mikio watanabe mikio watanabe Nu-h, 1982 

Fig. 9. Nu-h, 1982 (mikiowatanabe.com)

 mikio watanabe mikio watanabe Nu-h, 1984

Fig. 10. Nu-u, 1984 (mikiowatanabe.com)

 mikio watanabe nterval

Fig. 11. Interval (mikiowatanabe.com)

 mikio watanabe Dawn II

Fig. 12. Dawn II (mikiowatanabe.com)

 mikio watanabe Forest

Fig. 13. Forest  (mikiowatanabe.com)

mikio watanabe Detachment

Fig. 14. Detachment (mikiowatanabe.com)

mikio watanabe Two backsides 

Fig. 15. Two backsides, 1988 (mikiowatanabe.com)

 mikio watanabe Four knees,

Fig. 16. Four knees, 1988 (mikiowatanabe.com)

 mikio watanabe On the Hill

Fig. 17. On the Hill, 1990 (mikiowatanabe.com)

mikio watanabe Genius 

Fig. 18. Genius (mikiowatanabe.com)

mikio watanabe The Morning 

Fig. 19. The Morning, 1993 (mikiowatanabe.com)

mikio watanabe Mélancolie II 

Fig. 20. Mélancolie II, 1996 (mikiowatanabe.com)

Mezzotint, also: manière noire or schabkunst (the art of a scraper) was invented by Ludwig von Siegen in the 17th century. The first mezzotints were produced by the light-to-dark method in which the artists left the copper plate smooth in areas where the image was supposed to be white. The print could be created directly by roughening a blank plate in darker zones. But the more common method is dark-to-light when the printmaker roughens the whole plate mechanically with a special tool called a "rocker." It consists of a scraper with small teeth fixed on a wooden support. When the artist roughens the metal, he moves the tool making it rock like a crib. The more dots are made, the better the plate will keep the paint. This time-consuming process requires several hours to months, depending on the size of the image. After rocking, the plate is selectively burnished in lighter areas.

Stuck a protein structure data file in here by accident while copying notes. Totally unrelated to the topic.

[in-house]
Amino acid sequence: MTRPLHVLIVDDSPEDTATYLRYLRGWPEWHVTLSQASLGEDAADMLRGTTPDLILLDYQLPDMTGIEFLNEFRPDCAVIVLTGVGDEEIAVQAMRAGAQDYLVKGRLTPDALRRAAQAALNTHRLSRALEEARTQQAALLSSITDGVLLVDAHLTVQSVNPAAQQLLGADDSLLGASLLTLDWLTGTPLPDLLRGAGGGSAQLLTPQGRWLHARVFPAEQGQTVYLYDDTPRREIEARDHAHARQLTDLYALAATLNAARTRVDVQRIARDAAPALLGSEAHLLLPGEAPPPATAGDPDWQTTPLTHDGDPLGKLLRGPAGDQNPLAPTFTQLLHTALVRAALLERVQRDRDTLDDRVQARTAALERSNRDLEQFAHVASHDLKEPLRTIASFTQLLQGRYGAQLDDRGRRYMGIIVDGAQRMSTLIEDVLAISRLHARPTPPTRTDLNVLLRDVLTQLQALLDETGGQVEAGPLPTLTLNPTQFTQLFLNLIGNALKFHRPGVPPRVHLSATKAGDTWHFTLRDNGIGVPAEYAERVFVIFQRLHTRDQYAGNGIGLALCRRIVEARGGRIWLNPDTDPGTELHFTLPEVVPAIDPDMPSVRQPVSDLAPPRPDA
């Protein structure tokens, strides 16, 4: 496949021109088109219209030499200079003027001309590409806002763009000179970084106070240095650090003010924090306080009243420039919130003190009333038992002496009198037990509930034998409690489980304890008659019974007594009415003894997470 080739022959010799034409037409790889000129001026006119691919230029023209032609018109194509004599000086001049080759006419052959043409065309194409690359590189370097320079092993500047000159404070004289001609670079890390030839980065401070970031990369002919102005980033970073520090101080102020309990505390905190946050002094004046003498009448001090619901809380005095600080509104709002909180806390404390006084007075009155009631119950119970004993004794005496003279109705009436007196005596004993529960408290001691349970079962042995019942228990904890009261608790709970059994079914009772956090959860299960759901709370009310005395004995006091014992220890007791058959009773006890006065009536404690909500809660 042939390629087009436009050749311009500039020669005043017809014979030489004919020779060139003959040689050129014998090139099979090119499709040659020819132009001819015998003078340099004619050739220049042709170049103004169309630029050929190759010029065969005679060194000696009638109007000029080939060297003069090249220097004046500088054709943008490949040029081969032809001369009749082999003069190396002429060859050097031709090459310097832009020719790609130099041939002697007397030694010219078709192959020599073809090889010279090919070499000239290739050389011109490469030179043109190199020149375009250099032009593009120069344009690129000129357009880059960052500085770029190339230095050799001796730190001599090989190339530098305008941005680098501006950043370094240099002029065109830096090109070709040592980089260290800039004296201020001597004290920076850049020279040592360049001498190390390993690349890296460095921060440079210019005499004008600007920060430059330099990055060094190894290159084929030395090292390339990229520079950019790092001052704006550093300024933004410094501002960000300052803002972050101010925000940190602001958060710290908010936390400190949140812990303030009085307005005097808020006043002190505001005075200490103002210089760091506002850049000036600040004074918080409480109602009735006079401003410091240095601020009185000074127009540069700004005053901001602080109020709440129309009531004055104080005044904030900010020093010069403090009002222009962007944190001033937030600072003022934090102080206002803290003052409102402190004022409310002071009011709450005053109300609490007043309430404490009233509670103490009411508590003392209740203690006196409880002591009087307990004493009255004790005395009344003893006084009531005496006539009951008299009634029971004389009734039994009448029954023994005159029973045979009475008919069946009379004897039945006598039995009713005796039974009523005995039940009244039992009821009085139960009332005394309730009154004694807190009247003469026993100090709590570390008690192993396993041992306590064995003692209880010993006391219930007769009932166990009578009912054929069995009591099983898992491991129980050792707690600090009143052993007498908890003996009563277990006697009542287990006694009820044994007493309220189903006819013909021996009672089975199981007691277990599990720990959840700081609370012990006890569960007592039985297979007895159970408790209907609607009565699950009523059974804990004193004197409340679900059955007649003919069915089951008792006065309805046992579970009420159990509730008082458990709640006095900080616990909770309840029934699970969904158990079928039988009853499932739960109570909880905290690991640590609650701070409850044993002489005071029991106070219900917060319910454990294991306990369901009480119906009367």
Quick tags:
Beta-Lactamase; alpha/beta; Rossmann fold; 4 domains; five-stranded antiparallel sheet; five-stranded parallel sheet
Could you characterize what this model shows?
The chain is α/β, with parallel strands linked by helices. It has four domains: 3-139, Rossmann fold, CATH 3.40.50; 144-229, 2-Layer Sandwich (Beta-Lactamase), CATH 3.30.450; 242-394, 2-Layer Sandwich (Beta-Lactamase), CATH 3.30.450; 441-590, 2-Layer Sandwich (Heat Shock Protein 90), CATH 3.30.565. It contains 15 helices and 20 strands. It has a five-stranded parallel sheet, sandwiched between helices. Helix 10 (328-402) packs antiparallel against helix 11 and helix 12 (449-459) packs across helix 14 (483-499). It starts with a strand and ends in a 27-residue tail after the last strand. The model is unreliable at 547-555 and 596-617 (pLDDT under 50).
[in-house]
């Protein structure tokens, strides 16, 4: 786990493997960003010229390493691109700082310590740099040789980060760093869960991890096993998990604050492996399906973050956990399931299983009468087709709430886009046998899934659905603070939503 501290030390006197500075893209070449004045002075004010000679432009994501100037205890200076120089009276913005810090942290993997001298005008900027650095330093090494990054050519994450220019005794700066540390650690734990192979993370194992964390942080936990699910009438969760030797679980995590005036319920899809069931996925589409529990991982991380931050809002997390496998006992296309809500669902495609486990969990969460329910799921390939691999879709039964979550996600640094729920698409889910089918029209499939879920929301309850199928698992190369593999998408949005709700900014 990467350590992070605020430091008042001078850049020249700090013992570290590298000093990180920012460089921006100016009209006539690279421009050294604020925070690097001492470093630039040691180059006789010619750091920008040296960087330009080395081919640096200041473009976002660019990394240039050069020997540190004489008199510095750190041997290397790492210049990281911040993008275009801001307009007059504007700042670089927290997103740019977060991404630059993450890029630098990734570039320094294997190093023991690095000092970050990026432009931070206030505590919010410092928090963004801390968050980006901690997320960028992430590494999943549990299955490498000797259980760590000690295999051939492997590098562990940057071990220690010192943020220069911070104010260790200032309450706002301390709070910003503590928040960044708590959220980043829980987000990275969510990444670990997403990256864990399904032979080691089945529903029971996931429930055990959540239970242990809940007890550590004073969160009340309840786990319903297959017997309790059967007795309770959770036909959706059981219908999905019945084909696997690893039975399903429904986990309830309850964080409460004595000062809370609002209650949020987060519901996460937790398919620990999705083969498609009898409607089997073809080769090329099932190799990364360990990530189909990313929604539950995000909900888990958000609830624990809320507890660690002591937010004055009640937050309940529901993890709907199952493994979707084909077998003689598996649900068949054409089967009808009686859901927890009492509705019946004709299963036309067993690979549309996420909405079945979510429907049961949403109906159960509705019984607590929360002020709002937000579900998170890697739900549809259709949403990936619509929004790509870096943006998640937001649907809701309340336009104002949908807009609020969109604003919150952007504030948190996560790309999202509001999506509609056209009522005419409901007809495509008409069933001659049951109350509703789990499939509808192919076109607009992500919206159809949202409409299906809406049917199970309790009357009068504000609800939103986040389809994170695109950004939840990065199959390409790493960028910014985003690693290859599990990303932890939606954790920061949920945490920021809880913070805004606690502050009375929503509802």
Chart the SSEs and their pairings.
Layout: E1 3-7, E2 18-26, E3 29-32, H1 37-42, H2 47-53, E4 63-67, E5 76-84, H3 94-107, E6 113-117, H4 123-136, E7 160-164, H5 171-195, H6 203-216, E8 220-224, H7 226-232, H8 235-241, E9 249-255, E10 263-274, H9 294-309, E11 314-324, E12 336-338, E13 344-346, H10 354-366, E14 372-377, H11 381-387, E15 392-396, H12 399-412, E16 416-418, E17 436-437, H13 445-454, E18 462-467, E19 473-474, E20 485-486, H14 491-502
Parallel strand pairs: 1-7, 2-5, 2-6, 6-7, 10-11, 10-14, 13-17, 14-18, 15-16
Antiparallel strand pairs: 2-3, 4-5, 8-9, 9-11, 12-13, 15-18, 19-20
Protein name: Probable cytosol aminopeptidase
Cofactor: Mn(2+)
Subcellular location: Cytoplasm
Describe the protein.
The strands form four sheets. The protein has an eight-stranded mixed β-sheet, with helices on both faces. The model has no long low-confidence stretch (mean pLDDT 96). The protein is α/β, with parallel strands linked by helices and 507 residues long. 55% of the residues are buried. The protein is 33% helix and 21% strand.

mikio waranabe Elevation I 

Fig. 21. Elevation I (mikiowatanabe.com)

 mikio watanabe mikio waranabe Elevation I

Fig. 22. Elevation II (mikiowatanabe.com)

mikio watanabe Seek the Light 

Fig. 23. Seek the Light (mikiowatanabe.com)

 mikio watanabe Sublimation

Fig. 24. Sublimation (mikiowatanabe.com)

mikio watanabe Partition 

Fig. 25. Partition, 1993 (mikiowatanabe.com)

 mikio watanabe Serenity

Fig. 26. Serenity, 1992 (mikiowatanabe.com)

mikio watanabe Duet I 

Fig. 27. Duet I, 1994 (mikiowatanabe.com)

 mikio watanabe Back

Fig. 28. Back (mikiowatanabe.com)

mikio watanabe Sleep 

Fig. 29. Sleep, 1996 (mikiowatanabe.com)

mikio watanabe Day and Night I